Was the American nation founded in 1776 or 1619? It sounds like a question for an exam paper. But it has become an issue in the 2020 presidential election.
In a speech at the National Archives, earlier this month, Donald Trump, promised to create a “1776 commission” to “restore patriotic education to our schools” and to counteract any effort to brand America as a “wicked and racist nation”. The US president explicitly took aim at the 1619 project — a much-discussed series of articles published by the New York Times and named after the year that the first enslaved Africans arrived in the colony of Virginia.
That project was a reframing of US history that placed slavery and racial oppression at the heart of the American story. By contrast, Mr Trump argues that liberty should be seen as the central theme of American history. So his commission would reassert 1776 — the year of the Declaration of Independence — as America’s foundational moment.
A reasonable person might conclude that US history is complex and that stories about freedom and oppression are not mutually exclusive. But this is raw politics. By highlighting the 1619 project — at a time of heightened racial and social tension — Mr Trump aims to put Joe Biden, the Democratic party’s presidential candidate, in a tricky situation. The question for the Democrats is how simultaneously to acknowledge the centrality of racial injustice in the American story while promoting the positive vision of the country that is expected of would-be presidents.
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The publication of the 1619 project, which began last year during the 400th anniversary of the beginning of American slavery, sparked enormous interest and controversy. Many schools and universities embraced it and moved to incorporate it into their curricula. It provided some of the intellectual background for the explosion of emotion and activism associated with the Black Lives Matter movement. But it also attracted criticism — some of it from unexpected quarters. The scholarship behind the project was questioned in a series of interviews with prominent historians run by the World Socialist Web Site — whose class-based view of American history was at odds with the race-based view promoted by the 1619 project.
Several of these historians went on to write a critical letter to the New York Times — taking issue with the project and demanding corrections. One key dispute was about the claim — made in a passionate and closely-argued introductory essay by Nikole Hannah-Jones — that a primary motivation for the American Revolution was the desire to preserve slavery in the US, at a time when it was coming under pressure in Britain.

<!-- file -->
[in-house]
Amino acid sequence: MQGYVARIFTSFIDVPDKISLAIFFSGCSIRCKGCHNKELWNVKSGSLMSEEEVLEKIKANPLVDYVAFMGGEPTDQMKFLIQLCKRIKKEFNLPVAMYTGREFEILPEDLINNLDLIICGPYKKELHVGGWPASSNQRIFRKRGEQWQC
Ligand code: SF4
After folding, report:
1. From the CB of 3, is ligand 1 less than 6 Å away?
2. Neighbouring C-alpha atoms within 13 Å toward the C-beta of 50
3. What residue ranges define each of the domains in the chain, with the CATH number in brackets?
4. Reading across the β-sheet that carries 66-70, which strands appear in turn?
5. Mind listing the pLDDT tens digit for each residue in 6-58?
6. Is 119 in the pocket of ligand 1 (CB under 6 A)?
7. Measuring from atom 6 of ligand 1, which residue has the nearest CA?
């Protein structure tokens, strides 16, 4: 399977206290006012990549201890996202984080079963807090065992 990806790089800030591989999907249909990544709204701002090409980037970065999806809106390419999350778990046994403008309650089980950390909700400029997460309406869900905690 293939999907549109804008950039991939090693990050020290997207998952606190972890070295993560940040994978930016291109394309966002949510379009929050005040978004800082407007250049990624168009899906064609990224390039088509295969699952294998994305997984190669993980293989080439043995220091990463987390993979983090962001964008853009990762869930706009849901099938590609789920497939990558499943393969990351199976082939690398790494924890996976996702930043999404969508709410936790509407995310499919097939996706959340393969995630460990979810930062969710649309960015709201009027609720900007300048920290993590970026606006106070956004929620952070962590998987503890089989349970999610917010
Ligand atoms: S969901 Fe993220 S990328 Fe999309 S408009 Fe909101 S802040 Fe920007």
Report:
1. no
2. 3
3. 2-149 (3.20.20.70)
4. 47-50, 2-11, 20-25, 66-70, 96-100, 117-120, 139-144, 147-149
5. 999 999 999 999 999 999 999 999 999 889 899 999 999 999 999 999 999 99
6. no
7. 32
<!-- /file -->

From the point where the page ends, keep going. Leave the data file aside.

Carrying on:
The critical historians, who included some of the best-known scholars of the American Revolution, branded this claim as simply untrue. But some younger academics have supported the 1619 project’s argument. They point, in particular, to Dunmore’s Proclamation, issued by the British governor of Virginia in 1775, promising freedom to slaves willing to flee their owners and join the British in fighting the American rebels. This academic debate rumbled on and the New York Times has since amended some of the project’s original language to soften its claims, without pulling back from its central argument.
This debate is of much more than academic significance. It goes to the heart of the claim made by the Black Lives Matter movement that slavery and racism have been integral to the American project from the beginning — and underpinned even some of its most celebrated moments, such as the Declaration of Independence and the writing of the constitution. American conservatives understand that if a new generation embraces that view it will be easier for the BLM movement to win support for deep social and structural change.
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But, as well as seeing danger in the 1619 project, the Trump camp sniff political opportunity. It provides a perfect chance to brand the Democrats as “anti-American”. The Republicans know that Americans tend to be pretty patriotic and would like to embrace the pilgrims’ view of their nation as a “shining city on a hill”.
Mr Biden has yet to show how he will handle Mr Trump’s call for patriotic education and the president’s attack on the 1619 project. If the Democratic nominee is put on the spot, he could borrow the framing used by former president Barack Obama at this year’s Democratic convention. Without referring to the 1619 controversy directly, Mr Obama acknowledged that the US constitution “wasn’t a perfect document. It allowed for the inhumanity of slavery”. But, he continued, “embedded in this document was a north star that would guide future generations . . . a democracy, through which we could better realise our high ideals”.
Mr Obama’s approach was a humane and nuanced way to reconcile the tensions between the dark 1619 view of American history and the soaring 1776 version. Unfortunately, humane and nuanced are not words commonly associated with the Trump era.
Do not be surprised if the politics of history resurface during this presidential election. This is not just a skirmish in the “culture war”. It is also an argument about the nature of the US and about political power. As George Orwell noted in his dystopian novel 1984: “Who controls the past, controls the future. Who controls the present, controls the past.”
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